The Philippines will have its new varieties and interspecific hybrids of ornamental plants, particularly Gumamela and Hoya, within the next three years.
The Philippine Council for Agriculture Aquatic and Natural Resources Research and Development of the Department of Science and Technology (DOST-PCAARRD) announced that the development of new Gumamela (Hibiscus rosa-sinensis) and Hoya are “underway” as it launched two new breeding projects on the two ornamental plants.
The first project focused on the development of new Hibiscus varieties through hybridization and embryo rescue. It was aimed at producing locally-adapted gumamela plants that can bloom well even under hot or tropical conditions, the DOST-PCAARRD said.
“In the Philippines, there is a preference for imported or international varieties of Gumamela because of their large, multi-colored petals. However, these varieties do not bloom well in low and hot areas of the country,” it noted.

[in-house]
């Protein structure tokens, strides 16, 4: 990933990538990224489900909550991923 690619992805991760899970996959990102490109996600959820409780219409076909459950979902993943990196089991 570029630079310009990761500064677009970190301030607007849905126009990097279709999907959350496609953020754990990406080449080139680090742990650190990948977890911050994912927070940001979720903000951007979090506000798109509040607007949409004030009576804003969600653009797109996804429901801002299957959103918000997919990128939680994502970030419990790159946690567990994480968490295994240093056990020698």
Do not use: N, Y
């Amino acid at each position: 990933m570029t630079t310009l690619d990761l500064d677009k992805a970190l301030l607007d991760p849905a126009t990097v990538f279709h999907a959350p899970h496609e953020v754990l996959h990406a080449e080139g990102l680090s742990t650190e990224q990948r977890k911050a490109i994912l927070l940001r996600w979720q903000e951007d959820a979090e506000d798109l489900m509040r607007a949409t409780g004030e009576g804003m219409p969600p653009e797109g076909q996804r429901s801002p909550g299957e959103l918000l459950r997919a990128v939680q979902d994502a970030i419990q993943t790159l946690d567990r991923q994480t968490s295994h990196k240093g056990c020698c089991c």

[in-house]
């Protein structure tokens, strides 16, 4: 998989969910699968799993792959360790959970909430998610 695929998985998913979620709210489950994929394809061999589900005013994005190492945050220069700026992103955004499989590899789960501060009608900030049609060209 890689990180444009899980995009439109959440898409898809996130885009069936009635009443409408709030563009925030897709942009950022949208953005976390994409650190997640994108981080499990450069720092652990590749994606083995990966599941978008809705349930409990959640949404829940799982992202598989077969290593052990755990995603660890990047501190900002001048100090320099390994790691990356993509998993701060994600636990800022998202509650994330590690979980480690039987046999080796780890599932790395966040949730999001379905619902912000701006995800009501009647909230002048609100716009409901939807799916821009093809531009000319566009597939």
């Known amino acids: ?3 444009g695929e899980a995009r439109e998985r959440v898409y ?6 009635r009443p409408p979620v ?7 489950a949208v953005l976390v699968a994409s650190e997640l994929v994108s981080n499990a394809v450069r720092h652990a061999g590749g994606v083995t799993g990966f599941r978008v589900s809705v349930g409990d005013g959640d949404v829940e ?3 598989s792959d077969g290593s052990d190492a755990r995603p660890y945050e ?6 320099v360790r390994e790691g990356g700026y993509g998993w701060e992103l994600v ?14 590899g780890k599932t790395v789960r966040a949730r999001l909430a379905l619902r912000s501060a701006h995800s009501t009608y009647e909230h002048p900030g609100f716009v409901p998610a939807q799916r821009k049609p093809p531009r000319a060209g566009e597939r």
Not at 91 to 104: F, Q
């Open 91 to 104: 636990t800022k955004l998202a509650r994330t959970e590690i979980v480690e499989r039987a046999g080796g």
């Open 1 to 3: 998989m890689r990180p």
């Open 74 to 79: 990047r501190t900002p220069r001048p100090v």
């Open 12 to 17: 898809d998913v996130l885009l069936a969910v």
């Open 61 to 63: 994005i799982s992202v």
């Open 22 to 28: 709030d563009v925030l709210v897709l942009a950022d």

Agripina O. Rasco and Dr. Pablito M. Magdalita of the Institute of Plant Breeding of the University of the Philippines Los Baños (IPB-UPLB) were pursuing the project. “At least six new NSIC (National Seed Industry Council)-approved gumamela varieties and two interspecific hybrids are expected to be delivered by 2024,” the Council said.
Meanwhile, the second project focused on varietal development in the country’s native Hoyas.
“Hoya is one of the country’s most outstanding endemic ornamental plants with high commercial value but has been given very limited research attention,” PCAARRD said.
New varieties of Hoya with new color or form, profuse flowering, and longer blooming period were expected to be introduced.
“The team targets five potential varieties with new flower color or form and good blooming habit and at least five propagated materials of each potential variety, among many other outputs,” the PCAARRD said. Maria Luisa D. Guevarra of the IPB-UPLB, is leading the project.
The two projects were part of DOST-PCAARRD’s Industry Strategic S&T Program (ISP) for Ornamental Plants.